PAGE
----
“Copperhead” has a “Sins of the Father” theme. The novel reads like YA, but it is an adult story about racism that asks the question:  Can you ever out-run your family history? We meet a17-year-old high school football player who has a good chance of getting into an Ivy League school on a scholarship.  He is the star of the team and his grades are good. He desperately needs this scholarship to be able to attend college.  He lives paycheck-to-paycheck in a trailer and takes care of his mom and his 12-year-old sister.  His brother and stepfather are in jail for the murder of two black college students.  However, the students attacked his brother, not the other way around.  The stepfather was only given a four-year sentence since he arrived after the murder.  His crime was just wiping the murder weapon clean.  His family, but not himself, belongs to a white supremacist church.   Many in his town call him white-trash, even though he has shown himself to be a decent and hard-working young man. The book begins with his stepfather’s release from prison on the same day of the school’s big game.  Throughout the story, we watch the teenage linebacker struggle simply to avoid trouble while remaining loyal to his family and friends.  Zentner’s prose is taut and powerful. You can almost hear the music of Johnny Cash playing in the teen’s pick-up truck.  But the author never shares how this boy was able to see beyond his family’s beliefs.  Most of us can not accomplish this while still living in the family system. Still, this is a heck of a good coming of age story for our times.

I received this Advance Review Copy (ARC) novel from the publisher at no cost in exchange for an honest review.

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“My Life as a Rat” by Joyce Carol Oates

Genre:  Literary Family DramaMy Life as a Rat
Publisher:  HarperCollins Publishers
Publication Date:  June 4, 2019

Oates’ latest novel is raw.  It is hard to read, yet hard to put down.  The story is fiercely written in an urgent tone to expose every nasty aspect of paternalism and male entitlement.  We follow a 12-year-old girl from a working-class tight-knit Irish Catholic family.  The setting is South Niagara, New York during the 1990s.   Her life as a “rat” begins after she accidentally slips to her school nurse that her two eldest teen brothers were involved in a racially motivated attack that left a male African American honor student dead.   Once her father’s favorite, she is now exiled to live with her aunt.  Her dad has forbidden her mother and sisters to visit or even phone her.  She is in a new home that doesn’t feel like home and friendless in a new school.  Confused and in shock, she is easy pickings for a male teacher to sexually abuse.  It seems fitting that her family begins a slow mental and financial decline after banishing their youngest child:  A just punishment for deserting a child who did nothing wrong.

This storyline is nothing new for the acclaimed writer.  Violence against women is a recurring theme in her work: “Do With Me What You Will,” 1973, “We Were the Mulvaneys,” 2002, “The Gravedigger’s Daughter,” 2007, “Blonde: A Novel, 2009,” “The Sacrifice”, 2016.  Just when you think Oates must have finally run dry on the subject she pulls off another winner.   So why does Oates’ unwavering theme on the abuse of women keep working for her?  Possibly, it is her willingness to unabashedly dive into the darkest cavity of the human psyche.  And let’s face it—such tales are fascinating to read.   More importantly, her work has been part of  #MeToo decades before the movement existed.  She forces the reader to acknowledge that her male protagonists seeking emotional release by abusing women are mentally ill men.  And her female characters are vulnerable to exploitation and abuse because of a male-dominated society.   Unlike other writers, Oates does not use violence in a sensational manner.  She uses violence to echo the misogyny found in modern times, which is where her characters dwell. At least, that is what this reviewer thinks.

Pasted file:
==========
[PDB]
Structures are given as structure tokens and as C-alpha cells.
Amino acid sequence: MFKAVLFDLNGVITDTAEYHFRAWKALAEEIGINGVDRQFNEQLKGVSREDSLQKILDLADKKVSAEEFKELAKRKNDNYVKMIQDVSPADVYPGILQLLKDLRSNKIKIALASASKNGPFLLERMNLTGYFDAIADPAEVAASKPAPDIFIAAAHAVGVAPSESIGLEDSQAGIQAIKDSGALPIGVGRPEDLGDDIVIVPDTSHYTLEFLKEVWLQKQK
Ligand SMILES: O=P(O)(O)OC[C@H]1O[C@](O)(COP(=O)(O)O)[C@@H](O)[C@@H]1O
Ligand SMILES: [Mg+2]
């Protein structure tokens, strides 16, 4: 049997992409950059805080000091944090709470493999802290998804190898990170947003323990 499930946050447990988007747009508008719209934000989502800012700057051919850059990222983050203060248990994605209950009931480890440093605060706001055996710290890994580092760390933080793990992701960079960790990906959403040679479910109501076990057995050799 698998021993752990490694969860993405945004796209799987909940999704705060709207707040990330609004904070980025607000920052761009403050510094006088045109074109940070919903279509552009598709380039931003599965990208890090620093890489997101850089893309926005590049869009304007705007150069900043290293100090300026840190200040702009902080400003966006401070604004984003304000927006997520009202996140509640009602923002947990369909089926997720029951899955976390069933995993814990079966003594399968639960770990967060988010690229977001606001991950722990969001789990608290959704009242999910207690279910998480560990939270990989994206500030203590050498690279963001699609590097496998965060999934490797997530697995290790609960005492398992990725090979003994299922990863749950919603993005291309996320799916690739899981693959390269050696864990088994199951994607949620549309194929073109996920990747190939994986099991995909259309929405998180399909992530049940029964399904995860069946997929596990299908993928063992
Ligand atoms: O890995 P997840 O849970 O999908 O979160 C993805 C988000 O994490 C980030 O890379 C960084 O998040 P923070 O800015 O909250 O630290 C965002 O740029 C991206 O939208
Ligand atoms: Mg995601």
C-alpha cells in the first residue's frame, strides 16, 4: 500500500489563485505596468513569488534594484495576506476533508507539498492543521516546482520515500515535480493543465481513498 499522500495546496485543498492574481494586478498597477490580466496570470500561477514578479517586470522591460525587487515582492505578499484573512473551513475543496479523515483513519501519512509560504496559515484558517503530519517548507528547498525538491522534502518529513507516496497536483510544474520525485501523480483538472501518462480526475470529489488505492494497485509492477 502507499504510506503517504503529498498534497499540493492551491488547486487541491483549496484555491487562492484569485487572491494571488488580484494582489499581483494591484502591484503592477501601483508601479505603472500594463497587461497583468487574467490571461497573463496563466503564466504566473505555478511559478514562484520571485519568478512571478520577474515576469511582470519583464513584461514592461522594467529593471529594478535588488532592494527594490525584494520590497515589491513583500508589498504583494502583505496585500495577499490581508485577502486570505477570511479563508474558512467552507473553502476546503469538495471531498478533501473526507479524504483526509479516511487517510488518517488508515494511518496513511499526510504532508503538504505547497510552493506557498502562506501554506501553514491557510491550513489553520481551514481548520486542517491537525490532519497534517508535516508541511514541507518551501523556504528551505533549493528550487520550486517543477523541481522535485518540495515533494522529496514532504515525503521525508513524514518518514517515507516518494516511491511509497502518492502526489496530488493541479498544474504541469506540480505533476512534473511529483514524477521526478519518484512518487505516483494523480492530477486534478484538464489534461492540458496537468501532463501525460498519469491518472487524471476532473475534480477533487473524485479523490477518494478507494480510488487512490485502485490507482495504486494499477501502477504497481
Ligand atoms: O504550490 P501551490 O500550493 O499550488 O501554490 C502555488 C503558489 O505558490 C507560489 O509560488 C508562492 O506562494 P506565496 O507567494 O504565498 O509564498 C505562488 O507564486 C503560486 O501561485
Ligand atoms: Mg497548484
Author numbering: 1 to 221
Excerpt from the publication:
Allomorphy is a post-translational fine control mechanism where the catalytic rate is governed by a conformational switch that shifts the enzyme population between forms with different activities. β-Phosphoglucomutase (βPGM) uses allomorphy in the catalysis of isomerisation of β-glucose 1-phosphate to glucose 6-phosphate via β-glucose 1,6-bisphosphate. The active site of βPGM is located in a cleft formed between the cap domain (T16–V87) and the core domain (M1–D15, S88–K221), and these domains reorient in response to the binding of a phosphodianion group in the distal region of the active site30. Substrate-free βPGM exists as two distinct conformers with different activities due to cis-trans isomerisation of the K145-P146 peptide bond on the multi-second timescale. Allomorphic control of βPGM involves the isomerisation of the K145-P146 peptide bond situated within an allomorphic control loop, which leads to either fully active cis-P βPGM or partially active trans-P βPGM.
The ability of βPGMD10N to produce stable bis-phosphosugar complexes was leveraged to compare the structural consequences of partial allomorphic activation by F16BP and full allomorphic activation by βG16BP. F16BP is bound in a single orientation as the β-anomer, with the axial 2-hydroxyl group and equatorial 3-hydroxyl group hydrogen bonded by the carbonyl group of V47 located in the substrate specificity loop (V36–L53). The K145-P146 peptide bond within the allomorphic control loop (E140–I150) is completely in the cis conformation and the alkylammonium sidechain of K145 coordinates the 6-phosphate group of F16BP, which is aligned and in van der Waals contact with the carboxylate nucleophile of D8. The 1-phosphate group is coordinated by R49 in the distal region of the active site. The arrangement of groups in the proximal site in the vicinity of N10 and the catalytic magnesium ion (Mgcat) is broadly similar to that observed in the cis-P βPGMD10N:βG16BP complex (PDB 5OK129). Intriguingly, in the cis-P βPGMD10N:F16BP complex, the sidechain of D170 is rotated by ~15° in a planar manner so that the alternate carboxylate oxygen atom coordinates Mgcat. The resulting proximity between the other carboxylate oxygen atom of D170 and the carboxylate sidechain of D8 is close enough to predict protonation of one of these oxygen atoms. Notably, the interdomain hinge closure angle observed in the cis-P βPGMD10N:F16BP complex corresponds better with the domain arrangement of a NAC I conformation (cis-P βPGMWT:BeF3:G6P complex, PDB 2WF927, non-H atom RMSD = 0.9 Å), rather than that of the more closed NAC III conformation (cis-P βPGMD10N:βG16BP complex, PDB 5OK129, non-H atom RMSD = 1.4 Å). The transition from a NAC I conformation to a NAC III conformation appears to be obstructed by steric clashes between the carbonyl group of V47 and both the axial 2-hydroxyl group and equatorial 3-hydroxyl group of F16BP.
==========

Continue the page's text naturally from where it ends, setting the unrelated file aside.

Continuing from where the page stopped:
“Rat” has a lot in common with Oates’ 1996 novel, “We Were the Mulvaneys.”   The Mulvaneys are another large Irish Catholic family living in upstate New York. This once-proud family also began a descent into financial ruin after a disgraced daughter was either raped or had consensual sex with a high-school boy.  This reviewer preferred “Mulvaneys” over “Rat.”  The litany of traumas inflicted upon the female protagonists in “Rat” can seem like they are one too many.  This may be because the author expanded on what had been published as a short story a decade and more ago.  Still, this doesn’t mean that “Rat” isn’t another literary success in the world of JCO.  The characters are painfully real.  Oates is begging the question, how does a child feel safe and loved in a universe with rules one doesn’t quite understand.

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“The Emancipation of Veronica McAllister” by Shawn Inmon

Genre:  FantasyThe Emancipation of Veronica
Publisher:   CreateSpace Independent Publishing
Pub.  May 2018

This is the fifth book in the Middle Falls Time Travel Series.  Still, it is a standalone read.  This reviewer didn’t know that the novel was part of a series until after finishing the book.  The story begins in 2018 when the protagonist, 80-year-old Veronica, is on her deathbed.  She is ready to die.   As she breathes her last breath she is anxious to learn the answers to the question we all wonder about—what happens after death?  Is there a heaven?  Is there a hell?  Or will it be an eternity of nothingness?  Once dead, Veronica opens her eyes, to see that she is back in 1958 and is a teenager again, wearing a poodle skirt and apparently babysitting.  The author does a good job with her complete confusion and excitement at seeing her old friends and parents again.  “Oh, Daddy, you’re so young and handsome,” she says.  Often you may think of the comedy-drama film, Peggy Sue Got Married.

But the story theme isn’t really about time travel.  The author is asking the question, What If you could live your life over and over again until you got it right?  What would you do differently not to duplicate your mistakes made in each life?   Not an original thought but an interesting one, especially when you imagine yourself in such a situation. Where the story begins to become a bit tiresome is after Veronica’s second or third life. Each time she dies, she wakes up as a teenager at the same babysitting job.  Until she finally learns her own personal meaning of self-actualization, she and the reader are stuck in a purgatory-like, Groundhog Day existence.  If the author would have stayed with keeping his protagonist to a one do-over life, while adding in anything new to the theme, this may have been an interesting tale regarding the nature of changing oneself kept light with humor.  Instead, it can read as a bit preachy—neither marriage nor money guarantees happiness— time-loop redemption tale.  The novel is too cliché to encourage this reviewer to read the first four in the series.   This may not be the case for other readers who enjoy when characters get to stop the clock and start over again.  You will have to read the book yourself to decide.